At roof level the building also features an external courtyard which will be ideal for office functions, while the western elevation incorporates a stylish cantilever that wraps around two corners.

“This is another architectural feature which will make the building stand-out,” explains Mr Palmer. The cantilever fans-out to a maximum of 6m at one corner and has been formed with 305 sections – used for there appearance – and cold rolled infill.

Cost and efficiency have been the main drivers for this project and Capita Symonds says that is why steel was chosen for the main frame. “We wanted a lightweight frame as we have a raft foundation which was chosen as piling was out of the question because old underground coal shafts were discovered below the site,” says Mr Palmer. “Steel was consequently the best solution.”

Steel detail showing rooftop cantilever and canopy

Computer generated image showing Sheffield’s latest commercial development.

Steelwork contractor Hambleton Steel completed its package in 13 weeks and its work included installing 6,000m² of metal decking, placing the concrete flooring as well as steel erection.

Prior to the steelwork beginning a cut and fill operation was carried out during the initial construction programme. The majority of this material was compacted on top of the concrete raft, which minimised material leaving the site.

But efficiency and sustainability do not end there, the building has been designed to reduce its energy demand by upgrading the thermal fabric to reduce heat loss by 20% over the minimum required by the current Building Regulations.

Similarly heat loss by leakage will be reduced to achieve an air permeability of 20% better than the minimum standards required by current regulations.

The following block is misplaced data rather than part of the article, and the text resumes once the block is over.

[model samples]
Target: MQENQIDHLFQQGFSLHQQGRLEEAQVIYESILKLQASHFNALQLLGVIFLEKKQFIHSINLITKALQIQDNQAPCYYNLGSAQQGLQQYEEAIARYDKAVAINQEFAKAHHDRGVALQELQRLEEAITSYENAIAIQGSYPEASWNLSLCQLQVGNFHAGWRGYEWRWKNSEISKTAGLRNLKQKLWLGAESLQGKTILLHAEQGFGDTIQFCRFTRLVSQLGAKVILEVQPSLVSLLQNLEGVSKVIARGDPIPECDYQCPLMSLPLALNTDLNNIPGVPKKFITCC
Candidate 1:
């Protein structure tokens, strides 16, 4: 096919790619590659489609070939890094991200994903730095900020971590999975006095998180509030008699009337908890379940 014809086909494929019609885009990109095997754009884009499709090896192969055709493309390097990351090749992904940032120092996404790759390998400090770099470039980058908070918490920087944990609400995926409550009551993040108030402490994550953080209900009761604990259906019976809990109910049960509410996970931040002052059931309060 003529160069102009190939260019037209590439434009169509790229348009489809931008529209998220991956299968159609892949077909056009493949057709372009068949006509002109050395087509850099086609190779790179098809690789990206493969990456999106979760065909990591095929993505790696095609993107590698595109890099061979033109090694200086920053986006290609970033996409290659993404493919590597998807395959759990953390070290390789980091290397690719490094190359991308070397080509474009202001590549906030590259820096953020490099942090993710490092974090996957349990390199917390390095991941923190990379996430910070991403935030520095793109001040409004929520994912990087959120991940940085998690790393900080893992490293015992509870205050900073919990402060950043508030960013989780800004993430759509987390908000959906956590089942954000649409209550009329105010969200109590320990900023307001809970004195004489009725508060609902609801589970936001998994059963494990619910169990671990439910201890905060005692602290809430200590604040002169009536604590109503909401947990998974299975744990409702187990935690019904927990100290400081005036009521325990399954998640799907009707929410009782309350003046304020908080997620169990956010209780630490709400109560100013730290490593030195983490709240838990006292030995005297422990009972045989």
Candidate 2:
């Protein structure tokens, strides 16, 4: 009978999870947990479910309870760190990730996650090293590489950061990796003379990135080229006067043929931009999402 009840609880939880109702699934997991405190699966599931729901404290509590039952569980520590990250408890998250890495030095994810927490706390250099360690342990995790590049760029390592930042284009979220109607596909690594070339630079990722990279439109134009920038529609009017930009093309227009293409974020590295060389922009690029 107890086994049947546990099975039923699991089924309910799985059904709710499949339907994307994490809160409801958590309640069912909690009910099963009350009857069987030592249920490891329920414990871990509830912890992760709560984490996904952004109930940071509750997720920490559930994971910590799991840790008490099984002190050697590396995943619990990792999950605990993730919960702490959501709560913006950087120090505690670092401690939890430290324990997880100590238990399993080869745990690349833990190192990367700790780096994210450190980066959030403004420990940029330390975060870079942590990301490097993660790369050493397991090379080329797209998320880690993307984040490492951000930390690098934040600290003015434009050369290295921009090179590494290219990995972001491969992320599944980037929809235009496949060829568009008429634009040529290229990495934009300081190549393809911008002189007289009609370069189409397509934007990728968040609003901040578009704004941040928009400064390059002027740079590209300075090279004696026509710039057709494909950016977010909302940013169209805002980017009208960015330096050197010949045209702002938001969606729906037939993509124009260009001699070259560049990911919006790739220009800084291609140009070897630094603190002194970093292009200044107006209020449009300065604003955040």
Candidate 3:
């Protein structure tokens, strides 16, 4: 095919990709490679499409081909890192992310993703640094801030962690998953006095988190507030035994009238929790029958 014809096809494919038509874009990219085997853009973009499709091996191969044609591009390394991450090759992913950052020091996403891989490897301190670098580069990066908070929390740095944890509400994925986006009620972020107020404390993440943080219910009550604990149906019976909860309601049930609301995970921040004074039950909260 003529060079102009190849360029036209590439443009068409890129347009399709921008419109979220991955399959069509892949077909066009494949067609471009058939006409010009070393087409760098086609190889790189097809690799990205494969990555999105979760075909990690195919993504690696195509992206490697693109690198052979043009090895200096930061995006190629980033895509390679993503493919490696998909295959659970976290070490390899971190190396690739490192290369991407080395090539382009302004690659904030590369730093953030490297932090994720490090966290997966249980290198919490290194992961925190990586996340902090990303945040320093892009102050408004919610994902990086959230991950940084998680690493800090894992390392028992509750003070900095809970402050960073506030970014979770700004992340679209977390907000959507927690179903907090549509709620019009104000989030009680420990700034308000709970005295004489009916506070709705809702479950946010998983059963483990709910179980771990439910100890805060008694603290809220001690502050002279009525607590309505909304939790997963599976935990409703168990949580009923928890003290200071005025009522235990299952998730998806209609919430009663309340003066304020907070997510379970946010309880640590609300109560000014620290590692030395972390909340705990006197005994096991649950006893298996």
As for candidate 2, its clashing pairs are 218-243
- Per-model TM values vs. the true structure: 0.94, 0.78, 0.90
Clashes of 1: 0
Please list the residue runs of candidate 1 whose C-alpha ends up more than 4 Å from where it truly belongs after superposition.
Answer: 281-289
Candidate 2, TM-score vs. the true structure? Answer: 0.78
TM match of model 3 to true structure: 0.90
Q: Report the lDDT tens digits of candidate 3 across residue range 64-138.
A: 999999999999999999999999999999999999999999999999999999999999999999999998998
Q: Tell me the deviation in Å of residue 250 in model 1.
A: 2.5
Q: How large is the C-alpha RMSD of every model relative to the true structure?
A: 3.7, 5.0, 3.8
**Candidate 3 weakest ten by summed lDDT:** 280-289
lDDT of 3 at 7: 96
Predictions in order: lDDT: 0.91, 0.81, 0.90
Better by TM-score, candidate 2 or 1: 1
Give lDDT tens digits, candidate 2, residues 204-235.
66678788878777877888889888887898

Parkway Edge is conveniently located above the district heating network, and feasibility studies proved that connection to the network would afford both operational cost savings and significant carbon reductions, as well as lower installation costs than those for traditional gas fired boilers.

Capita Symonds says enhancements to the building were modelled extensively through dynamic thermal simulation software. Then through coordination with themselves and the architect, each element was enhanced beyond Building Regulations requirements, thereby improving the energy performance and further reducing carbon emissions.

Some thought has also gone into the fit-out of the building and lighting installations comprising high frequency light sources with daylighting con-trol which will enable the operational savings as-sociated with the reduced artificial lighting, and will also emit less heat in the summer months, reducing the need for mechanical cooling installations.

As much care and attention has been applied to developing a building which acts as a focal point on a major city thoroughfare. “It’s a local development on a prime location which has been designed and built with as much local expertise and trades people as possible,” sums up Mr Palmer.

Parkway Edge is due for completion in early 2010.